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Real Estate Roundup 6.26.20

Real Estate Roundup:

Retail 

  • Chuck E. Cheese, the pizza and entertainment chain, filed for bankruptcy protection Wednesday. clouding the future of 741 Chuck E. Cheese and affiliated Peter Piper Pizza stores world-wide… John Catsimatidis, a Chuck E. Cheese bondholder, is interested in buying the company and could team up with a venue operator. The Apollo-owned company has 741 Chuck E. Cheese and affiliated Peter Piper Pizza stores world-wide. (WSJ)

Mattress Firm, Bed Bath & Beyond, New York & Company, Knotel and celebrity chef Bobby Flay’s Bold Food were all sued this week by landlords trying to recover missed rents for Manhattan offices and storefronts… But some tenants have taken to the courts themselves. Italian-luxury brand Valentino, Victoria’s Secret, Bath and Body Works and Gap sued New York City landlords to get out of their leases this month. 

  • Worth repeating: J. Crew, JCPenney, Neiman Marcus, Aldo, Pier 1 Imports, and True Religion have all filed for bankruptcy during the pandemic. (CO)

Hospitality

  • About 44 percent of hotel rooms in the U.S. were occupied for the week ending June 20, that’s two percentage points above from the previous week’s total… New York City saw occupancy dip for the third straight week, falling to 43.6 percent from 45.7 percent a week prior. (TRD+STR)

Financing 

  • Tankhouse’s Sam Alison-Mayne and Sebastian Mendez have secured a $19.6 million loan from Bank Hapoalim for their condo project at 450 Warren Street in Boerum Hill. (CO)

Acquisitions 

  • Albert Srour has acquired 515 Ovington Avenue in Bay Ridge from Lang Development Corp. for $17.1 million. The 67-unit rent-stabilized apartment building spans roughly 72,000 SF. Srour is taking advantage of the J-51 tax abatement program. (CO)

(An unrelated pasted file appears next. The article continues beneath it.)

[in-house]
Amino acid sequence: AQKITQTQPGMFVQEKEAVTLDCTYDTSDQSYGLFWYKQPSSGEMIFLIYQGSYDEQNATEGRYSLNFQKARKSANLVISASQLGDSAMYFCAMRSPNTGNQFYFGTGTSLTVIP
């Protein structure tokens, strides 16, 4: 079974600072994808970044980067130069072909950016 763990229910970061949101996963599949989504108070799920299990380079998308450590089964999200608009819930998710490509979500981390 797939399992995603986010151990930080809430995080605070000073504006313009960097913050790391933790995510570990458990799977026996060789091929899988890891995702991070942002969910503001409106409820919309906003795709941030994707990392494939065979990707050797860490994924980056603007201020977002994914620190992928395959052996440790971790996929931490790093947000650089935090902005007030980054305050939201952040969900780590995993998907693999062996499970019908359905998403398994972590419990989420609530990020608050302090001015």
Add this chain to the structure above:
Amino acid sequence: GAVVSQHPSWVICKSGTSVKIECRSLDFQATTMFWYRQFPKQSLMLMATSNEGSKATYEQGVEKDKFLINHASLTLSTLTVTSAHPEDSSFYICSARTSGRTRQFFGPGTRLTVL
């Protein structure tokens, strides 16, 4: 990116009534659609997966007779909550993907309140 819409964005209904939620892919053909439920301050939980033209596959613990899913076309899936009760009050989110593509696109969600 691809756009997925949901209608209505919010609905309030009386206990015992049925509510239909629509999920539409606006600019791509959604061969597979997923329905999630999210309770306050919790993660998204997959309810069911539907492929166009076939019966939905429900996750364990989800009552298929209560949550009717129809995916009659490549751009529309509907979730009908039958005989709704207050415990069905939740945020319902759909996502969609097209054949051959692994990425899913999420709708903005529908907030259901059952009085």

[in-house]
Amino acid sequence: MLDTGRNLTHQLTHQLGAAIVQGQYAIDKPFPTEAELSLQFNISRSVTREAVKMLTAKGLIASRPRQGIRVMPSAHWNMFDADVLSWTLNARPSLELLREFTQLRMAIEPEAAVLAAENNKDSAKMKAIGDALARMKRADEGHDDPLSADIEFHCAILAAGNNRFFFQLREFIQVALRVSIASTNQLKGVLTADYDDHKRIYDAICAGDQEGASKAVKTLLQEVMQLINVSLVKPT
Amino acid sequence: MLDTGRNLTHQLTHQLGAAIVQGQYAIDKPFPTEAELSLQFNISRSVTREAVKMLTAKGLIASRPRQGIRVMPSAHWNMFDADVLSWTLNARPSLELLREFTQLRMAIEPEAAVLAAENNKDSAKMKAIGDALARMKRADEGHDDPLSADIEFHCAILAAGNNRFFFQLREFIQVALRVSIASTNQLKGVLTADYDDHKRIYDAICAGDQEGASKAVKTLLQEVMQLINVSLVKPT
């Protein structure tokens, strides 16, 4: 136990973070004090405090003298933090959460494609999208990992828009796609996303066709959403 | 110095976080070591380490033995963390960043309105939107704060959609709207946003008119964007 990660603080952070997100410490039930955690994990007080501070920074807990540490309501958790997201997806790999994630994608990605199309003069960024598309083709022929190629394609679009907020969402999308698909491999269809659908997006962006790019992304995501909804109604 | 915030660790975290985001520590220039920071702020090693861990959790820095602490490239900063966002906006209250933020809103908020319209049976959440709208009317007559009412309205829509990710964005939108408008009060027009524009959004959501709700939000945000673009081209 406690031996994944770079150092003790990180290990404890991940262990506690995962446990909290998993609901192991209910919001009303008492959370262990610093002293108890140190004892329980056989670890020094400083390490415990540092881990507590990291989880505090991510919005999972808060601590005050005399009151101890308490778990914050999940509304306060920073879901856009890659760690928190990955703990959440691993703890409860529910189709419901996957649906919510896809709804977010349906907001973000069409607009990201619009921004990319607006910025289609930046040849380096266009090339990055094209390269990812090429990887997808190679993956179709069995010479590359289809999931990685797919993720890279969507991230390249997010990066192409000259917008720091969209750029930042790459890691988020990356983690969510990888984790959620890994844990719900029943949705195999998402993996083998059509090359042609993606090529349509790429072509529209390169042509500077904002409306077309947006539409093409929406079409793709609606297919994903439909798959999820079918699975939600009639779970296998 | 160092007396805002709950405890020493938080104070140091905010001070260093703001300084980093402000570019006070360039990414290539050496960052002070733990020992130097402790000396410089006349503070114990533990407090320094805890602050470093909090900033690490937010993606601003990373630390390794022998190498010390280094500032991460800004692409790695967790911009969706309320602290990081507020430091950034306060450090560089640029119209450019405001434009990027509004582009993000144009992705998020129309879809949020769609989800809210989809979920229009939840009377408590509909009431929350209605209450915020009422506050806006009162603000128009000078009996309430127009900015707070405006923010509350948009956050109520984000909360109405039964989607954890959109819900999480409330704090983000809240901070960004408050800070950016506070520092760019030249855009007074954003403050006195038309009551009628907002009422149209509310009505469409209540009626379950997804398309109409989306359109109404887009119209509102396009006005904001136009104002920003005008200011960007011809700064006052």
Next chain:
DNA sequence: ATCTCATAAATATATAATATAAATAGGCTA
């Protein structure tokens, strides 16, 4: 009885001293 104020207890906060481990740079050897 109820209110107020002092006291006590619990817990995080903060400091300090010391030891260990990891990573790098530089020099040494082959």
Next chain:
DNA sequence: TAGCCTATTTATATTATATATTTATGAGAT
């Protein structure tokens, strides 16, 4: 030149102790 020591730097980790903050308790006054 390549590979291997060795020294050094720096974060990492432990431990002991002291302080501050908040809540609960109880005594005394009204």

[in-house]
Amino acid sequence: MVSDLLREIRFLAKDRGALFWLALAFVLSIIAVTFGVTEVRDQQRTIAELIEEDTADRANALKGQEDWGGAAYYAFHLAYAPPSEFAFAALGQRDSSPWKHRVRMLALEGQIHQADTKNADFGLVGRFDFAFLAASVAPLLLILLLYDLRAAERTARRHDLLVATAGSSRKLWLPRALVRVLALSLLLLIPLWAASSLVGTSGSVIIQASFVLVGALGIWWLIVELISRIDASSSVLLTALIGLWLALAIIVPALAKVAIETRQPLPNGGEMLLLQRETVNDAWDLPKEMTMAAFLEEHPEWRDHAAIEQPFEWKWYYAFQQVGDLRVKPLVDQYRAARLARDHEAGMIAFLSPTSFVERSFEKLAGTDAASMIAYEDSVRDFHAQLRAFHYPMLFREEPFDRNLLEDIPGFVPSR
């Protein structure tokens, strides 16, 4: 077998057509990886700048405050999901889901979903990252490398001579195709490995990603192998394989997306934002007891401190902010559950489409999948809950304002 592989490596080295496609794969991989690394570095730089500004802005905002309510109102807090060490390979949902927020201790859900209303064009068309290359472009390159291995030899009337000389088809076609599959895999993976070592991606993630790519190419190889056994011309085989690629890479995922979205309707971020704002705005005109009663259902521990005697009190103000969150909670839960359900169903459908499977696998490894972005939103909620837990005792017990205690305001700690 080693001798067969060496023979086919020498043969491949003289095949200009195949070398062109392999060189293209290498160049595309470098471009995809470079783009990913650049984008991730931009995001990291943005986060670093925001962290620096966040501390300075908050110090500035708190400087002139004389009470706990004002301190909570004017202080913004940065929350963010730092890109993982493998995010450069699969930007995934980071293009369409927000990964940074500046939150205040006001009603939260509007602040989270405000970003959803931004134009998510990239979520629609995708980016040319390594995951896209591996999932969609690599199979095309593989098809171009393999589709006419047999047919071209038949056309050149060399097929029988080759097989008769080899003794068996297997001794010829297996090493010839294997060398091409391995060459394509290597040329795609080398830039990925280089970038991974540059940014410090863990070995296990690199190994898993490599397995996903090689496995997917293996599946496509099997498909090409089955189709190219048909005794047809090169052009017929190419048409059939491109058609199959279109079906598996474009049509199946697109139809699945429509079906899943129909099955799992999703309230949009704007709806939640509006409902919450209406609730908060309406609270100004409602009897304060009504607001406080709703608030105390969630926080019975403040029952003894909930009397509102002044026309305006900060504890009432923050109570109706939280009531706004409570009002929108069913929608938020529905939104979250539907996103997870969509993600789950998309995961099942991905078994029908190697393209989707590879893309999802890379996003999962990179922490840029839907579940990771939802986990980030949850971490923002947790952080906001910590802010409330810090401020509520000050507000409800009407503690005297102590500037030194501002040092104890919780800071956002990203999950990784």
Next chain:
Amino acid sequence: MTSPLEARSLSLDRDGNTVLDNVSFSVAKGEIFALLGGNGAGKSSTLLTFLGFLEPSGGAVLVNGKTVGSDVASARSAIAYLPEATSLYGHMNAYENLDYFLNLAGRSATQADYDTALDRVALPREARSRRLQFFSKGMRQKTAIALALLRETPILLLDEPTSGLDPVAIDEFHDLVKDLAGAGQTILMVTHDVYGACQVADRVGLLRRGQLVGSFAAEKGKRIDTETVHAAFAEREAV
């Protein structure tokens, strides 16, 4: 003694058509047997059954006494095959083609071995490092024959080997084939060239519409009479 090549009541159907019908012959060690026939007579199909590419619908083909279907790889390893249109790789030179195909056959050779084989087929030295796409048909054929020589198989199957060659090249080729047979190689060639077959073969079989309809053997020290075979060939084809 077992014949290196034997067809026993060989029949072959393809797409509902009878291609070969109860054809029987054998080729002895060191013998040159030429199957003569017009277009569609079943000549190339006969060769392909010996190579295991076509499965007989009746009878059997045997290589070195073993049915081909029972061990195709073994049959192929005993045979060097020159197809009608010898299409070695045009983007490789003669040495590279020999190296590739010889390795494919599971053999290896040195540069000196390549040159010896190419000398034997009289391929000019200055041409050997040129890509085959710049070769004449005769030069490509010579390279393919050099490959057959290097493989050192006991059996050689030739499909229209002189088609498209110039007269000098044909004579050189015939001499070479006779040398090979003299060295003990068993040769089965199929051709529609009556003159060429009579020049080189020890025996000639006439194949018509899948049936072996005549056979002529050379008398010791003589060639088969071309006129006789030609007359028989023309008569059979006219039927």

Politics 

  • New guidance issued by New York Chief Administrative Judge Lawrence Marks states that no foreclosures can proceed for the time being unless the property is empty or abandoned. His memo also encouraged lenders to drop pending cases. The guidance, effective yesterday, differs from Gov. Andrew Cuomo’s May 7 order which blocked “initiation of a proceeding or enforcement of … a foreclosure of any residential or commercial mortgage,” as long as the distress was related to the coronavirus. (TRD)
  • A resolution on Inwood’s controversial rezoning now appears to be months away, testing the patience of developers who were banking on it. (TRD)
  • Two appellate court judges expressed doubt that controversial Two Bridges projects’ requires City Council approval. A panel of justices held a hearing on whether three projects — JDS Development’s 247 Cherry Street; L+M Development and CIM Group’s 260 South Street; and Starrett Corporation’s 259 Clinton Street — must go through the city’s seven-month public review process known as Ulurp. Skepticism from the two justices provided a glimmer of hope to the developers, who have faced a series of setbacks in the past year. (TRD)
  • The New York City Council gave landlords a slight reprieve on property taxes, but advocates for the industry called it insufficient… A bill sponsored by Public Advocate Jumaane Williams temporarily gives buildings assessed at less than $250,000 zero percent interest on late payments. A second piece of legislation, sponsored by City Council member Margaret Chin, allows certain property owners affected by Covid-19 to pay 7.5 percent — instead of 18 percent — for delinquent taxes paid by October 15. (TRD)

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